In their pursuit of a profitable system or strategy, traders look at past behaviors as a forward indicator of prices.
Indeed, if the price movement is an objective manifestation of the average trader sentiment, then wherever in the future the same sentiment arises, a pattern might take place with a shape similar to the one drawn in the past. From this belief, it follows that the study of patterns may be of help to find entry and exit points in our pursuit of profits.
There is a catch, though. The human brain is a natural pattern recognizing system. We see patterns everywhere. In ordinary life, that’s the way we recognize things: A round tire, a rectangular table, or a staircase shape. When random events enter into the equation, we continue seeing patterns, although not always, they may exist. Nowadays, Technical Analysis is evolving toward a more evidence-based framework, pushed by authors such as David Aronson, Robert Carver, and others.
I’ll deal with this framework in a future article series, but, throughout the following issues, we’ll deal with the standard TA framework as a foundation for the later. We will develop a base knowledge and the tools to trade the three different market types.
Please keep in mind that, here, we’re dealing with uncertain events, so nothing is 100% sure. Sometimes not even 50% sure. But our objective when trading isn’t being right, but profitable, so as long as our overall performance is positive, the technical signal is good.
There are three basic market types:
- Bull markets: broad ascending trends with sporadic retracements or sideways moves or channels.
- Bear markets: broad, descending trends with sideways movements or strong and fast bear-trap retracements.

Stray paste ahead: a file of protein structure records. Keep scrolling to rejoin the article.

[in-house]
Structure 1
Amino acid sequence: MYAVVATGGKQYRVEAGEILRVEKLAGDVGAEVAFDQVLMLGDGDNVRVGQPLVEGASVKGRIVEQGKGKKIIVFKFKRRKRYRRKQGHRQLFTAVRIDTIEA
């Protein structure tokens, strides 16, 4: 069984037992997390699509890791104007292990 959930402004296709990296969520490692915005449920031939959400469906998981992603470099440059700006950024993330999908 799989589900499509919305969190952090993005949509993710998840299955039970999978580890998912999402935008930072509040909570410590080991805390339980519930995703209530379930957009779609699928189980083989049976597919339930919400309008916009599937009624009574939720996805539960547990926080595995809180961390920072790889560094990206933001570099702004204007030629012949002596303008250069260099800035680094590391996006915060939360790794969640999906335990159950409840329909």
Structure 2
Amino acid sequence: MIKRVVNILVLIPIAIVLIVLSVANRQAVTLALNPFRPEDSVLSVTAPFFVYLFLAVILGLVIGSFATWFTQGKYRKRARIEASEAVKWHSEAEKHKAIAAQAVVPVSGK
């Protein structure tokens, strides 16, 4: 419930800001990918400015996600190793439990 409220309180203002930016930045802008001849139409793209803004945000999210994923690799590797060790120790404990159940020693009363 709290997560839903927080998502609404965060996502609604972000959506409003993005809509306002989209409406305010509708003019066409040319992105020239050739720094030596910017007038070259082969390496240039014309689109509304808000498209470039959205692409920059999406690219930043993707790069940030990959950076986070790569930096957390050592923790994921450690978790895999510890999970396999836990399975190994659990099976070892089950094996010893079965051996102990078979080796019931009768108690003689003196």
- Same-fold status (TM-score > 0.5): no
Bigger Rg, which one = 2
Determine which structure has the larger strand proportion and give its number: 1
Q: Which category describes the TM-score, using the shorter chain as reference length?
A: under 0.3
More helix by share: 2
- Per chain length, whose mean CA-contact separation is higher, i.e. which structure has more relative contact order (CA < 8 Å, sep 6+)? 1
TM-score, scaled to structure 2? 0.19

- Sideways channel markets: Moving on a relatively wide horizontal channel.
Of course, when trading currency pairs, a bearish market in one pair is a bullish market in its inverse pair, so the tools for bear and bull markets tend to be somewhat similar, and the situations encountered quite symmetric.
Sometimes, lateral markets aren’t perfectly horizontal. The main feature of a lateral market is its increased volatility and noise. The other trait is the seemingly cyclic nature of their movements.
Anatomy of a trend
In Fig 1, we may observe a bullish trend on the EUR/AUD, back in 2015. We may see that prices move in waves. However, the crest of a new wave goes higher than its preceding one. Similarly, its valley is more elevated than preceding valleys, as well.
So, a practical definition of an uptrend is a price pattern with higher highs and higher lows. Consequently, a bearish trend, or downtrend, is, then, a price pattern with lower highs and lower lows.
Trends happen on any time-frame. Even a single bar might be classified as a bull, bear, or lateral. A candlestick with a long white body and short shadows is, in fact, a bullish trend in its tiny time-frame while a long black candle with small shadows accounts as a bearish trend.
Lateral movements on a single bar happen when the candle presents a small body, or none at all, together with long upper and/or lower shadows.
Phases of a bullish trend:
The wavelike pattern, present in most trends, is the result of phases of accumulation, distribution, and sale that draw two different kinds of patterns: One impulsive and one corrective. Every one of these phases accounts as a trend (or lateral channel) in a shorter time frame, which might be composed, at the same time, by shorter trends with its own phases of accumulation, distribution, and selling.
In the later stages of a wave valley, there is accumulation by smart traders who think there is an excellent opportunity with low risk, forming a support level. Sometimes, this support is briefly broken to the downside; stops are taken, and, then, the price back up, again, above support.